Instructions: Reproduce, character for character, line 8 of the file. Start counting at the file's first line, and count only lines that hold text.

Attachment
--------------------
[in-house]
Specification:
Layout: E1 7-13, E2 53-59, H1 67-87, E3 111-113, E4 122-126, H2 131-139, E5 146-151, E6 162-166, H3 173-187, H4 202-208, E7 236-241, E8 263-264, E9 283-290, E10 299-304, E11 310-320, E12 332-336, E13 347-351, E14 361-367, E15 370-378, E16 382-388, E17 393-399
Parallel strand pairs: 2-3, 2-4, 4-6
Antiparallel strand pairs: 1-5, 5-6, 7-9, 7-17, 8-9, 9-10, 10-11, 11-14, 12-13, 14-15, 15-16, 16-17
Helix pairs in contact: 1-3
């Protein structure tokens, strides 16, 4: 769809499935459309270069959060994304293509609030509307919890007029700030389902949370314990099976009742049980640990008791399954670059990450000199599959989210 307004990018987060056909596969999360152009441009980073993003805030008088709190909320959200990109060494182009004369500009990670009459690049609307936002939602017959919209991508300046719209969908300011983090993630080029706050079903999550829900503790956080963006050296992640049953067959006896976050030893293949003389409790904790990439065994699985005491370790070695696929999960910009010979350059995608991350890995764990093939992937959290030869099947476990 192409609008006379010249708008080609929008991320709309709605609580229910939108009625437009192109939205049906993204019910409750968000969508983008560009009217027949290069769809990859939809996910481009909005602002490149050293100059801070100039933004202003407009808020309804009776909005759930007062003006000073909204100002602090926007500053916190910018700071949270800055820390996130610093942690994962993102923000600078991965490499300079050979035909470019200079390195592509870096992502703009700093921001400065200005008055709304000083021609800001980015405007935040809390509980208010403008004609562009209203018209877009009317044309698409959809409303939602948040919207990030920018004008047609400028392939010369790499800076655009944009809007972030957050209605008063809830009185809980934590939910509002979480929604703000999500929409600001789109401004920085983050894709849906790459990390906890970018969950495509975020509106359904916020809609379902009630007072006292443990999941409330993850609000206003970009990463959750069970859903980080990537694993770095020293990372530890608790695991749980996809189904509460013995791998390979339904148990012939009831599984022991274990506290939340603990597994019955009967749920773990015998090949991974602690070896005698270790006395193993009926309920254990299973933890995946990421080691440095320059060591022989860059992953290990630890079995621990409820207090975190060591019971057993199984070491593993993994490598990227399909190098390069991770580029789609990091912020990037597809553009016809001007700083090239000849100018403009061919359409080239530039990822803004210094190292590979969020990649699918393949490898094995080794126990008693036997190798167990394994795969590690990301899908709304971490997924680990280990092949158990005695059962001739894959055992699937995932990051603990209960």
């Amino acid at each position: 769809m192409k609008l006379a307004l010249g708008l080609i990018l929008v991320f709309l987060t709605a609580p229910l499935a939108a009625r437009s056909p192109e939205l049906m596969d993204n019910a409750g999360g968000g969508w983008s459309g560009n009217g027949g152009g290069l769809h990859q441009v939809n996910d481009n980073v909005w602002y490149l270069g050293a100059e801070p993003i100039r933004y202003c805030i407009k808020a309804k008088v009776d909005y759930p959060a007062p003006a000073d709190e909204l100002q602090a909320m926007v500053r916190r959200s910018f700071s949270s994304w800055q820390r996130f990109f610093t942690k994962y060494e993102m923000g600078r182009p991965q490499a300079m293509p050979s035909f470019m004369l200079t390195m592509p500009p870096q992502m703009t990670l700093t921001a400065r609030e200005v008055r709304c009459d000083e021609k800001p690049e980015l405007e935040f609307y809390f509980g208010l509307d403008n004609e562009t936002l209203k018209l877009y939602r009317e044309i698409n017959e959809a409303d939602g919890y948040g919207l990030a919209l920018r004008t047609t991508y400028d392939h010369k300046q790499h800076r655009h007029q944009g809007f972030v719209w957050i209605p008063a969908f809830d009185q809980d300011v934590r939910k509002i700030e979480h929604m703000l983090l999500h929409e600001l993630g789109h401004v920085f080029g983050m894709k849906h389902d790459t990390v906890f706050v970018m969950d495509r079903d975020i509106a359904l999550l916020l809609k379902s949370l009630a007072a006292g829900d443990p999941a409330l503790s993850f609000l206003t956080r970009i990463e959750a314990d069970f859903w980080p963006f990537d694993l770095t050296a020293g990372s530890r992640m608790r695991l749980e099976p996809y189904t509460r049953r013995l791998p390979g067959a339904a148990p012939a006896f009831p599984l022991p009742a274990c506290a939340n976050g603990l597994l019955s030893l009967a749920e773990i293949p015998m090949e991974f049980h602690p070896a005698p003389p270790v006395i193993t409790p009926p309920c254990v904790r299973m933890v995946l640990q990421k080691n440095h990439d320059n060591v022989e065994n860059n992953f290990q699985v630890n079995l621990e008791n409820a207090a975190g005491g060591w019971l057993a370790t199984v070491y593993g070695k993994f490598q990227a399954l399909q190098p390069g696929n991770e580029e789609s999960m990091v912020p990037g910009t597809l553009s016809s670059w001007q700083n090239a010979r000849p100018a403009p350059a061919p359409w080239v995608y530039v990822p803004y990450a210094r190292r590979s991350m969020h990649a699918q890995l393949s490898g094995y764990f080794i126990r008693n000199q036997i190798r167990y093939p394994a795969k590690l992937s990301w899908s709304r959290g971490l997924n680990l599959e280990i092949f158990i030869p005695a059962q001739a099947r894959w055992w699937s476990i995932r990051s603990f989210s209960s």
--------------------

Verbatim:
């Amino acid at each position: 769809m192409k609008l006379a307004l010249g708008l080609i990018l929008v991320f709309l987060t709605a609580p229910l499935a939108a009625r437009s056909p192109e939205l049906m596969d993204n019910a409750g999360g968000g969508w983008s459309g560009n009217g027949g152009g290069l769809h990859q441009v939809n996910d481009n980073v909005w602002y490149l270069g050293a100059e801070p993003i100039r933004y202003c805030i407009k808020a309804k008088v009776d909005y759930p959060a007062p003006a000073d709190e909204l100002q602090a909320m926007v500053r916190r959200s910018f700071s949270s994304w800055q820390r996130f990109f610093t942690k994962y060494e993102m923000g600078r182009p991965q490499a300079m293509p050979s035909f470019m004369l200079t390195m592509p500009p870096q992502m703009t990670l700093t921001a400065r609030e200005v008055r709304c009459d000083e021609k800001p690049e980015l405007e935040f609307y809390f509980g208010l509307d403008n004609e562009t936002l209203k018209l877009y939602r009317e044309i698409n017959e959809a409303d939602g919890y948040g919207l990030a919209l920018r004008t047609t991508y400028d392939h010369k300046q790499h800076r655009h007029q944009g809007f972030v719209w957050i209605p008063a969908f809830d009185q809980d300011v934590r939910k509002i700030e979480h929604m703000l983090l999500h929409e600001l993630g789109h401004v920085f080029g983050m894709k849906h389902d790459t990390v906890f706050v970018m969950d495509r079903d975020i509106a359904l999550l916020l809609k379902s949370l009630a007072a006292g829900d443990p999941a409330l503790s993850f609000l206003t956080r970009i990463e959750a314990d069970f859903w980080p963006f990537d694993l770095t050296a020293g990372s530890r992640m608790r695991l749980e099976p996809y189904t509460r049953r013995l791998p390979g067959a339904a148990p012939a006896f009831p599984l022991p009742a274990c506290a939340n976050g603990l597994l019955s030893l009967a749920e773990i293949p015998m090949e991974f049980h602690p070896a005698p003389p270790v006395i193993t409790p009926p309920c254990v904790r299973m933890v995946l640990q990421k080691n440095h990439d320059n060591v022989e065994n860059n992953f290990q699985v630890n079995l621990e008791n409820a207090a975190g005491g060591w019971l057993a370790t199984v070491y593993g070695k993994f490598q990227a399954l399909q190098p390069g696929n991770e580029e789609s999960m990091v912020p990037g910009t597809l553009s016809s670059w001007q700083n090239a010979r000849p100018a403009p350059a061919p359409w080239v995608y530039v990822p803004y990450a210094r190292r590979s991350m969020h990649a699918q890995l393949s490898g094995y764990f080794i126990r008693n000199q036997i190798r167990y093939p394994a795969k590690l992937s990301w899908s709304r959290g971490l997924n680990l599959e280990i092949f158990i030869p005695a059962q001739a099947r894959w055992w699937s476990i995932r990051s603990f989210s209960s």